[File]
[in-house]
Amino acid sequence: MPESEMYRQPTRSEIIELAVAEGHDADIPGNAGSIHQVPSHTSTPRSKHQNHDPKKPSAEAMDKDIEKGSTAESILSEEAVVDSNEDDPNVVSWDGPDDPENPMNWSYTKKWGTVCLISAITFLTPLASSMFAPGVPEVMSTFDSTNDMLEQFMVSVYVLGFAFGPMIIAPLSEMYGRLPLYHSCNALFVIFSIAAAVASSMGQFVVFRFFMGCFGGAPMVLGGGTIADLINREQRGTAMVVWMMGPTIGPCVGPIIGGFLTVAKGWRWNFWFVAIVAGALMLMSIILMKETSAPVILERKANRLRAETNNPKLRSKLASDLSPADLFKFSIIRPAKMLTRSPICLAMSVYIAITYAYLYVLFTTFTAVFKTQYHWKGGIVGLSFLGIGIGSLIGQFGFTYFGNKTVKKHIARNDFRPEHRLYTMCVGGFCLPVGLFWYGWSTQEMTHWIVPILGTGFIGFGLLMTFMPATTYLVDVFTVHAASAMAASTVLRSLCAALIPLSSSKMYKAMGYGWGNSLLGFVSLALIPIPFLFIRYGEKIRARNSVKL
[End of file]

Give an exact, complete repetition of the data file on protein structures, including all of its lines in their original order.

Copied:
[in-house]
Amino acid sequence: MPESEMYRQPTRSEIIELAVAEGHDADIPGNAGSIHQVPSHTSTPRSKHQNHDPKKPSAEAMDKDIEKGSTAESILSEEAVVDSNEDDPNVVSWDGPDDPENPMNWSYTKKWGTVCLISAITFLTPLASSMFAPGVPEVMSTFDSTNDMLEQFMVSVYVLGFAFGPMIIAPLSEMYGRLPLYHSCNALFVIFSIAAAVASSMGQFVVFRFFMGCFGGAPMVLGGGTIADLINREQRGTAMVVWMMGPTIGPCVGPIIGGFLTVAKGWRWNFWFVAIVAGALMLMSIILMKETSAPVILERKANRLRAETNNPKLRSKLASDLSPADLFKFSIIRPAKMLTRSPICLAMSVYIAITYAYLYVLFTTFTAVFKTQYHWKGGIVGLSFLGIGIGSLIGQFGFTYFGNKTVKKHIARNDFRPEHRLYTMCVGGFCLPVGLFWYGWSTQEMTHWIVPILGTGFIGFGLLMTFMPATTYLVDVFTVHAASAMAASTVLRSLCAALIPLSSSKMYKAMGYGWGNSLLGFVSLALIPIPFLFIRYGEKIRARNSVKL